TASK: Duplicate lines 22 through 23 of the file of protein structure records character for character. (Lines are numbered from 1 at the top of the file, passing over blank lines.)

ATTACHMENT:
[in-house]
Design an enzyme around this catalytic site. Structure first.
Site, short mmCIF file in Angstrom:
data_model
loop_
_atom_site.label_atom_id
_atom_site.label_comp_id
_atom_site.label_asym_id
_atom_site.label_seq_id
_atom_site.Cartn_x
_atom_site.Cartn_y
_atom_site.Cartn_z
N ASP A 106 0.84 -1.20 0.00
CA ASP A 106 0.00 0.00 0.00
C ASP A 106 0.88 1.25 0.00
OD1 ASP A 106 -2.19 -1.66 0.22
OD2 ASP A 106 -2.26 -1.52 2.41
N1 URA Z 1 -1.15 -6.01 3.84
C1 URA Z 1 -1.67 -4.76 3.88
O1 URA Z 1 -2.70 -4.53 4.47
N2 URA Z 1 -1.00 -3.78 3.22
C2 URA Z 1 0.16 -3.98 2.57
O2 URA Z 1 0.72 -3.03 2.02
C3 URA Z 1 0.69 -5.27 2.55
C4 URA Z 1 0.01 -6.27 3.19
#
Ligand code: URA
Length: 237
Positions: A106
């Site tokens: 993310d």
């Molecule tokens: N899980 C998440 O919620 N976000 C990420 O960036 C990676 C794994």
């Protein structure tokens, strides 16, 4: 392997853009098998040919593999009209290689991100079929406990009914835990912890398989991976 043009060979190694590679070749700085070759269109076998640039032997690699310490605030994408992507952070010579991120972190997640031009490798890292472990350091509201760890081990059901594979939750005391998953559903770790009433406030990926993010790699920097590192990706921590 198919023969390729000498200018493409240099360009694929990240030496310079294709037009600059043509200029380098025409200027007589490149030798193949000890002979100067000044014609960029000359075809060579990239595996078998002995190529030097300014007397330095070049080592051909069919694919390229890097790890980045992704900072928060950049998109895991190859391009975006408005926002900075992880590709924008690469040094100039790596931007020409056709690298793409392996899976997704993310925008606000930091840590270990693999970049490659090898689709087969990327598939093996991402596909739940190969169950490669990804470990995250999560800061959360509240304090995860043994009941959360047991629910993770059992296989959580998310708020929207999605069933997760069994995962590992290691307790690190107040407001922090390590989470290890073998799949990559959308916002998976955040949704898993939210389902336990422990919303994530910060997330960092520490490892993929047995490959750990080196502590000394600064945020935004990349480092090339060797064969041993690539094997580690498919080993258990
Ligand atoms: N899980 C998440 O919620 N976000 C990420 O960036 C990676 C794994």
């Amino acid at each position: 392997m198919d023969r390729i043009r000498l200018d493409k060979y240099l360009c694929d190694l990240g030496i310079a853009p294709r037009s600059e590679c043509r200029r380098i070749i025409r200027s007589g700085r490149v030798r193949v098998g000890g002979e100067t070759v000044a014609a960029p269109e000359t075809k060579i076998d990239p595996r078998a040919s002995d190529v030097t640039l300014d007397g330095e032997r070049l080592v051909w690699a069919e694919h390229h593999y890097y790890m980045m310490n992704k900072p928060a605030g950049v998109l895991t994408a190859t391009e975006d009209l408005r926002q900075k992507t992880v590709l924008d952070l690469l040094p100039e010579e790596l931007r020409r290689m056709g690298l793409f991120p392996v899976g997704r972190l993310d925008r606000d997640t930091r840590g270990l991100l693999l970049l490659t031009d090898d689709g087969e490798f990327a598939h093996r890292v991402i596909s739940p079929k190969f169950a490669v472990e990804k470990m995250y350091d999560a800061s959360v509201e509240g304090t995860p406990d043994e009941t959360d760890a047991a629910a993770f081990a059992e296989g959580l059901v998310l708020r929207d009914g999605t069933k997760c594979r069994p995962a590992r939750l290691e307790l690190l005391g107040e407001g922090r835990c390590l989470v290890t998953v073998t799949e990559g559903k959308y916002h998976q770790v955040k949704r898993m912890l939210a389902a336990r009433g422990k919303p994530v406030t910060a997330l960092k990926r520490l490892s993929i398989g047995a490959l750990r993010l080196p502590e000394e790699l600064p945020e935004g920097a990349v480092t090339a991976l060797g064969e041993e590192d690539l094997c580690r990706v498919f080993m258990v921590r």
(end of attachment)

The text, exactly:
C2 URA Z 1 0.16 -3.98 2.57
O2 URA Z 1 0.72 -3.03 2.02